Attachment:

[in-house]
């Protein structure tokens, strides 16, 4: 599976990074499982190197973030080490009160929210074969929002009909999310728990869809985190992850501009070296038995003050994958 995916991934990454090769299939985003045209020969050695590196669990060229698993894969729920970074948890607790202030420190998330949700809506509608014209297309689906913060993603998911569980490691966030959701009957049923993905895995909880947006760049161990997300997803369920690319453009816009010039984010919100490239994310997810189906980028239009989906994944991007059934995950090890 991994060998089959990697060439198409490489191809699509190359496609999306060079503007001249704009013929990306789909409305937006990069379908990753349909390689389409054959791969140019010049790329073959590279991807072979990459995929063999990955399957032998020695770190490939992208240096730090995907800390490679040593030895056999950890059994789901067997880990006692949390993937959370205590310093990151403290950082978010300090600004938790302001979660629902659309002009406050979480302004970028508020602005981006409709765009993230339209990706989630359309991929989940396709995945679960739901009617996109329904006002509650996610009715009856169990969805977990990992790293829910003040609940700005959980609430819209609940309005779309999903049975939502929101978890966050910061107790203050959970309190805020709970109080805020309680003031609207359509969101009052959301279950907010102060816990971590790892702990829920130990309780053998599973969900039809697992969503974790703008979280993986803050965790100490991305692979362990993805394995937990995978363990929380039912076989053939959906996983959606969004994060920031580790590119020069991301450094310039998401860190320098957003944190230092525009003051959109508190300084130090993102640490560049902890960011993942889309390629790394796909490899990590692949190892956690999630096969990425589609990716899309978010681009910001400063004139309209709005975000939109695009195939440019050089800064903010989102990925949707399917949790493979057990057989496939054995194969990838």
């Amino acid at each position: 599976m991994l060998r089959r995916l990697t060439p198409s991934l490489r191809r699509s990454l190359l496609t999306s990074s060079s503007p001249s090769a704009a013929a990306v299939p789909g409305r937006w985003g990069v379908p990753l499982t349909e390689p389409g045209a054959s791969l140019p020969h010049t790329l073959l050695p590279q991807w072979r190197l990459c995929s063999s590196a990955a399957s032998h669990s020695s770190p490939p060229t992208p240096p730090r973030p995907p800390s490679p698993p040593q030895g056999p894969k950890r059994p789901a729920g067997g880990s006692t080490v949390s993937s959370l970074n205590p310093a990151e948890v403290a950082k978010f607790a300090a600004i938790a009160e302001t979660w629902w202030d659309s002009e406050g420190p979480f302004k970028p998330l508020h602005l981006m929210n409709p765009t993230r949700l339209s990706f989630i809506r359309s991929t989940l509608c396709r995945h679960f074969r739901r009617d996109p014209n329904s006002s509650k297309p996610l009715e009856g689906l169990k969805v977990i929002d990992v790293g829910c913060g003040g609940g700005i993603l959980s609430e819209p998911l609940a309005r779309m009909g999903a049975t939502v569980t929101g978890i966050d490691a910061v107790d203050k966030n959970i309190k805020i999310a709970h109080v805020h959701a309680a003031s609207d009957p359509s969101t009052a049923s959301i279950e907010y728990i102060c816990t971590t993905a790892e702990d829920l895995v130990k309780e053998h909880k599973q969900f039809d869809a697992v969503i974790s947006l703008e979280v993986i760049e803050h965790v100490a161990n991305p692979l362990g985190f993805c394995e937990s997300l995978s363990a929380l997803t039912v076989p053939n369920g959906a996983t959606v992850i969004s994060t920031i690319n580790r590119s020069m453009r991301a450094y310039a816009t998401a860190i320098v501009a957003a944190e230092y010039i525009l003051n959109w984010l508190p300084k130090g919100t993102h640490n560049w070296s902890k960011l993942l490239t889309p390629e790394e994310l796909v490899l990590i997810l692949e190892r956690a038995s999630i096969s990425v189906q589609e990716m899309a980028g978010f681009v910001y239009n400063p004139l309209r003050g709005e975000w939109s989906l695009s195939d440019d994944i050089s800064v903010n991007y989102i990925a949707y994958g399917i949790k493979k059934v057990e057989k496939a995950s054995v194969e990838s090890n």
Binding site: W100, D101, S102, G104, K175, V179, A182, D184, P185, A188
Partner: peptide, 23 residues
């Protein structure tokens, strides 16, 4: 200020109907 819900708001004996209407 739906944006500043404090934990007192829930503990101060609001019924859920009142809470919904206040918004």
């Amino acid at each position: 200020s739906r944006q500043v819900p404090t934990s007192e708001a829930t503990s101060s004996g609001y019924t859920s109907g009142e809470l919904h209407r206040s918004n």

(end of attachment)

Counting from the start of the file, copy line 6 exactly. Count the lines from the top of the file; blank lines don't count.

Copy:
């Protein structure tokens, strides 16, 4: 200020109907 819900708001004996209407 739906944006500043404090934990007192829930503990101060609001019924859920009142809470919904206040918004």